As a Mississippian, I have watched government officials, church leaders, anti-choice activists, and citizens fight tirelessly to criminalize abortion in my home state. Though I am grateful for the positive impact Roe v. Wade has had for women across the nation, I can’t help but find celebrating its 40th anniversary bittersweet. In Mississippi, we sorely lack meaningful and sustainable help in the fight for full reproductive justice for poor families and women of color. To add insult to injury, while Mississippi continues to be a battleground over women’s rights, pro-choice discourse and activism surrounding the state too often implies that we are “backwards.”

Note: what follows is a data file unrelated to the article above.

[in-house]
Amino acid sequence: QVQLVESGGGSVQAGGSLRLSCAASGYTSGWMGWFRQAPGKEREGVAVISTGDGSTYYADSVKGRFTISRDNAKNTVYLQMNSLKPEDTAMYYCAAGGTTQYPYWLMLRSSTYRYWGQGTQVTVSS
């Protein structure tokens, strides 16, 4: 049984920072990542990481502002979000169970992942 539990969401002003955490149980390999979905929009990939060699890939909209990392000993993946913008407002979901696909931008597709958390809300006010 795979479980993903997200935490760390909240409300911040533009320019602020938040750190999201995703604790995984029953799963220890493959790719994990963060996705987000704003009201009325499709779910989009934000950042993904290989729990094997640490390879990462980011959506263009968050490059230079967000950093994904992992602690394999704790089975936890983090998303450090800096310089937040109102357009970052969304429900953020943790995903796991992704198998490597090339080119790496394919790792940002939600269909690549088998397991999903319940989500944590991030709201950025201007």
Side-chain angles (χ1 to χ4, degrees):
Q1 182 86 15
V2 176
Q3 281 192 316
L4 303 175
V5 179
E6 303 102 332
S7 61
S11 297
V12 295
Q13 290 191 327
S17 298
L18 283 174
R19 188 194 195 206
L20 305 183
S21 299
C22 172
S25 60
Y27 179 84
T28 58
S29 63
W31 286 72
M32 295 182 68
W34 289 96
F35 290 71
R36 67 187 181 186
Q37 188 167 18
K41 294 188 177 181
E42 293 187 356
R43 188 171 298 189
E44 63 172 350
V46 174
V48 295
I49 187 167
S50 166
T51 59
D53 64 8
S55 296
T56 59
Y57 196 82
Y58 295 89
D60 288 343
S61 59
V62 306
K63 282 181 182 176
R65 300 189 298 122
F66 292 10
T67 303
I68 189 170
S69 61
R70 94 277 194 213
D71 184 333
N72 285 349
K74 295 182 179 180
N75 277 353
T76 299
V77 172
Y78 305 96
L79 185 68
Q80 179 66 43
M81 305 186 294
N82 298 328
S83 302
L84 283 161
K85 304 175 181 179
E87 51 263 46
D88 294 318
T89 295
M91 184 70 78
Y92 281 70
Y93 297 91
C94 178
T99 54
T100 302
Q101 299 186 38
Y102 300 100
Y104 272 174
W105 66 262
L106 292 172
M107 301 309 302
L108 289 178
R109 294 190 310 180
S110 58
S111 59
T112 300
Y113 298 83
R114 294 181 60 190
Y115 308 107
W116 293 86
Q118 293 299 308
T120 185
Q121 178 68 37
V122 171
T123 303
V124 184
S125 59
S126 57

Mississippians can no longer afford to have these conversations continue in isolation. As out-of-towners come into Mississippi this weekend to protest the closing of our sole abortion clinic, I want them to understand the complexities of the reproductive issues in this state and remember that white, middle class women are not the only ones impacted.

In observance of this day and in solidarity with my people in Mississippi, I have compiled a list of issues that demonstrate the intentional undermining of Roe v. Wade in the state—by making abortion inaccessible, and creating stigma around women’s sexual and reproductive choices.

Jazmine Walker, “Happy 40th: Five Ways Roe v. Wade Is Undermined In Mississippi,” Strong Families 1/22/13